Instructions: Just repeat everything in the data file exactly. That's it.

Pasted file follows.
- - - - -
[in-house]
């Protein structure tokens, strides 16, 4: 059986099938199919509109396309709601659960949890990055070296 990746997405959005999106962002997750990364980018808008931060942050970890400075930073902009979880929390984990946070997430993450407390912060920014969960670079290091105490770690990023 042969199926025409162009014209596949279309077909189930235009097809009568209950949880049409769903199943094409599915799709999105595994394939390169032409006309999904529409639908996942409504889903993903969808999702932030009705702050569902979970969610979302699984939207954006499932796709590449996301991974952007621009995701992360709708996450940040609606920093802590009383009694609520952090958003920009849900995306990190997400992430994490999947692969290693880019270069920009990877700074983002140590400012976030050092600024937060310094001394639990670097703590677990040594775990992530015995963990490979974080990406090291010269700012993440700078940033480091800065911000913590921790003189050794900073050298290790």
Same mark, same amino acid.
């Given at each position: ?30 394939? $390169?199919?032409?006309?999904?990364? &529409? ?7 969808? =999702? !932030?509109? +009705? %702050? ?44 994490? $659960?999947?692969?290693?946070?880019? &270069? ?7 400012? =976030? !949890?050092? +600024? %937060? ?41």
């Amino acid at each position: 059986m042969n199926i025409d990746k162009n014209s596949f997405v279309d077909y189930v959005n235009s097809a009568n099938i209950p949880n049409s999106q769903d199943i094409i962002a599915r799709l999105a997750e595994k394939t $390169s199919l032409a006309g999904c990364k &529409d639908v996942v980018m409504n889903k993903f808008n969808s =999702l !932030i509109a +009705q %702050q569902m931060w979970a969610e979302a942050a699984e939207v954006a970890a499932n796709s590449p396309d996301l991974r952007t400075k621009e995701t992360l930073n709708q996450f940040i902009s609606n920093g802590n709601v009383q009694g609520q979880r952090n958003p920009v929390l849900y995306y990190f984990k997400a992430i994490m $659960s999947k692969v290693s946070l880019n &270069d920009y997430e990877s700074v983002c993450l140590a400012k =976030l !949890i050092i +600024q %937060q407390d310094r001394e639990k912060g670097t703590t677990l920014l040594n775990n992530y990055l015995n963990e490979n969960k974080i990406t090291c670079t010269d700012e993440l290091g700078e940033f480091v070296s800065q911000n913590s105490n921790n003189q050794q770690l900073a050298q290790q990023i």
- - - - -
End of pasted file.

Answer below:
[in-house]
């Protein structure tokens, strides 16, 4: 059986099938199919509109396309709601659960949890990055070296 990746997405959005999106962002997750990364980018808008931060942050970890400075930073902009979880929390984990946070997430993450407390912060920014969960670079290091105490770690990023 042969199926025409162009014209596949279309077909189930235009097809009568209950949880049409769903199943094409599915799709999105595994394939390169032409006309999904529409639908996942409504889903993903969808999702932030009705702050569902979970969610979302699984939207954006499932796709590449996301991974952007621009995701992360709708996450940040609606920093802590009383009694609520952090958003920009849900995306990190997400992430994490999947692969290693880019270069920009990877700074983002140590400012976030050092600024937060310094001394639990670097703590677990040594775990992530015995963990490979974080990406090291010269700012993440700078940033480091800065911000913590921790003189050794900073050298290790």
Same mark, same amino acid.
């Given at each position: ?30 394939? $390169?199919?032409?006309?999904?990364? &529409? ?7 969808? =999702? !932030?509109? +009705? %702050? ?44 994490? $659960?999947?692969?290693?946070?880019? &270069? ?7 400012? =976030? !949890?050092? +600024? %937060? ?41």
């Amino acid at each position: 059986m042969n199926i025409d990746k162009n014209s596949f997405v279309d077909y189930v959005n235009s097809a009568n099938i209950p949880n049409s999106q769903d199943i094409i962002a599915r799709l999105a997750e595994k394939t $390169s199919l032409a006309g999904c990364k &529409d639908v996942v980018m409504n889903k993903f808008n969808s =999702l !932030i509109a +009705q %702050q569902m931060w979970a969610e979302a942050a699984e939207v954006a970890a499932n796709s590449p396309d996301l991974r952007t400075k621009e995701t992360l930073n709708q996450f940040i902009s609606n920093g802590n709601v009383q009694g609520q979880r952090n958003p920009v929390l849900y995306y990190f984990k997400a992430i994490m $659960s999947k692969v290693s946070l880019n &270069d920009y997430e990877s700074v983002c993450l140590a400012k =976030l !949890i050092i +600024q %937060q407390d310094r001394e639990k912060g670097t703590t677990l920014l040594n775990n992530y990055l015995n963990e490979n969960k974080i990406t090291c670079t010269d700012e993440l290091g700078e940033f480091v070296s800065q911000n913590s105490n921790n003189q050794q770690l900073a050298q290790q990023i």